HomeFeatured VehiclesShowroom Showcase: 2010 Ford Mustang GT500 Shelby Super Snake

Showroom Showcase: 2010 Ford Mustang GT500 Shelby Super Snake

This limited-production snake is ready to bite


Owning a showroom-worthy performance car must require a high degree of personal restraint. Imagine having a 725-horsepower, 14-year-old Mustang in your garage that showed fewer than 2,000 miles on the odometer. One thing is for sure – you would savor each and every single mile. And sometimes, the most rewarding car-ownership experiences involve a “quality over quantity” driving approach, right?

Featured in the Barrett-Jackson Collection Showroom is a 2010 Ford Mustang Shelby GT500 Super Snake with only 1,926 miles on the odometer. This Kona Blue Metallic coupe is no ordinary pony car: It has been upgraded inside, outside, from top to bottom, and it comes with all the requisite collector-grade documentation that certifies its pedigree and significance. The car is identified via a placard in the cockpit (added during modification in Las Vegas) as Carroll Shelby Mustang (CSM) number 10SS0035.

It is hard to believe, but the fifth-generation (“S197” platform) Ford Mustang first came out almost 20 years ago, in September 2004, for the 2005 model year. Its design language was drawn by Sid Ramnarace and drew inspiration from the first-generation Mustang. A facelifted version was unveiled in 2008 and debuted in 2010 boasting better aerodynamics, revised exterior lighting, and a new “powerdome” hood.

As it turns out, that powerdome is a subtle indication that this car has some go-fast tricks up its sleeve. The Super Snake started life as a GT500 coupe, which in itself had a long list of nice content like an aluminum hood with an air extractor, integrated fog lamps, a decklid spoiler, and a suspension that had been tuned by Ford’s Special Vehicles Team (SVT). Performance for today’s featured car took a drastic leap at Shelby American’s Las Vegas-based facility where the car was taken to new heights. According to the build sheet, the Shelby-added equipment included engine upgrades, a Wilwood brake system, an Eibach suspension, special badging, and auxiliary gauges.

As for the heart of the beast: Power comes from a 725-horsepower 5.4-liter V8 that has been upgraded with a Kenne Bell supercharger. Additional performance equipment includes a Shelby driveshaft, a billet 75mm throttle body, a Borla exhaust system, a Tremec TR-6060 six-speed manual transmission with a short-throw shifter, and a limited-slip differential with 3.71:1 gearing. With over 700 horsepower on tap, traction is key, after all.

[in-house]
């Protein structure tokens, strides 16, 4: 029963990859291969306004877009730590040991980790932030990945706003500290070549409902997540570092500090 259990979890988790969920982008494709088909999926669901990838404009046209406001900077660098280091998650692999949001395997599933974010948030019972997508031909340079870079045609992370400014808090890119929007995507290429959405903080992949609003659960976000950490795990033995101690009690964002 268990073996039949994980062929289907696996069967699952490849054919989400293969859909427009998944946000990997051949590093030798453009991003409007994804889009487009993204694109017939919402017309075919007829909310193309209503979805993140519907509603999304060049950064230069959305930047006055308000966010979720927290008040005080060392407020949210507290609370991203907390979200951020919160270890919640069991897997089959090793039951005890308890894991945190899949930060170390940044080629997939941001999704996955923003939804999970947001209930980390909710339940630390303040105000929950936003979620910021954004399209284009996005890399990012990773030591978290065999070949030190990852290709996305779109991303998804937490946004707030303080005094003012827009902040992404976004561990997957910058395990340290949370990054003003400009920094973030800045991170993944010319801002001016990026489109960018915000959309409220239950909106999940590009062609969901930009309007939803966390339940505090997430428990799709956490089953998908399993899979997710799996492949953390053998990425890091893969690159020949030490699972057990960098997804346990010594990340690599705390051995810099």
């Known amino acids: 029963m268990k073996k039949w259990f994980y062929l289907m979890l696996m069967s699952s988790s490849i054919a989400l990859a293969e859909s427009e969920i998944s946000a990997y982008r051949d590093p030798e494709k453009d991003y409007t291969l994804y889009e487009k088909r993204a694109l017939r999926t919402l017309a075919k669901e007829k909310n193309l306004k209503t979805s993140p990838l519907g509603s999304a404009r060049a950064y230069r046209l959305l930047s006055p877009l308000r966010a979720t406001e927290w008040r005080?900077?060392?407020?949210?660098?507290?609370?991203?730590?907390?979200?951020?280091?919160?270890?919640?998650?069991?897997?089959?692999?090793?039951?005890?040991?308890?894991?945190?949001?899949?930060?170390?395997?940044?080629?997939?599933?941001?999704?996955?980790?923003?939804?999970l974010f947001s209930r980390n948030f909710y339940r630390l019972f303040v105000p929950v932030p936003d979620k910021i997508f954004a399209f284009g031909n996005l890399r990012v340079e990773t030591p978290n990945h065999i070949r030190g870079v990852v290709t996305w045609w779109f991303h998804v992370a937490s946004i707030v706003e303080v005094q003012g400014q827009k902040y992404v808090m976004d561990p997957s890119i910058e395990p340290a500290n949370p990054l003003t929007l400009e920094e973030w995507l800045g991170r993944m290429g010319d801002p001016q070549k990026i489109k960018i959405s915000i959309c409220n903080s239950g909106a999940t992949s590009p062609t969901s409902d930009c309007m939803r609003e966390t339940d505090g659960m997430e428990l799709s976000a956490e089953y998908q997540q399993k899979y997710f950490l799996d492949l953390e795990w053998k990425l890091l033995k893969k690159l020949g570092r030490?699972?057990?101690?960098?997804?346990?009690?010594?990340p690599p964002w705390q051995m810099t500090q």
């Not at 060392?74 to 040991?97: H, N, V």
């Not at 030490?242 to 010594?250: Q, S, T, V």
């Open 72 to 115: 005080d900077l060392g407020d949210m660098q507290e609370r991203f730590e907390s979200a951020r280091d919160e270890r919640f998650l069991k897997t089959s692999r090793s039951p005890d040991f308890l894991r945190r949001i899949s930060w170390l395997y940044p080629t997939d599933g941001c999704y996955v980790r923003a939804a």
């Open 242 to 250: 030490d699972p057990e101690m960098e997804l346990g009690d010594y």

The cockpit still offers some of the niceties that you would need for a long-distance adventure, like navigation, dual-zone automatic climate control, and a Shaker 500 audio system. Of course, no Shelby performance machine would be complete without an autograph from the man himself. This Super Snake has been signed in a Sharpie on the passenger side of the dash. Incidentally, the legendary Shelby passed away in 2012 at the age of 89, so this vehicle was signed in the final years of his life.

Do you have what it takes to take the reins of this pony car as its next steward? One thing is for sure: You are bound to have a grin on your face every time you hit the throttle. Swing by the Barrett-Jackson showroom to feast your eyes on this slick snake.

Tyson Hugie
Tyson Hugie
Tyson Hugie is a Phoenix-based automotive enthusiast who has been writing for The Journal since 2016. His favorite automotive niche is 1980s and 1990s Japanese cars, and he is a self-diagnosed “Acura addict” since he owns a collection of Honda and Acura cars from that era. Tyson can usually be found on weekends tinkering on restoration projects, attending car shows, or enjoying the open road. He publishes videos each week to his YouTube channel and is also a contributing author to Arizona Driver Magazine,, NSX Driver Magazine, and other automotive publications. His pride and joy is a 1994 Acura Legend LS coupe with nearly 600,000 miles on the odometer, but he loves anything on four wheels and would someday like to own a 1950 Buick Special like his late grandfather’s.


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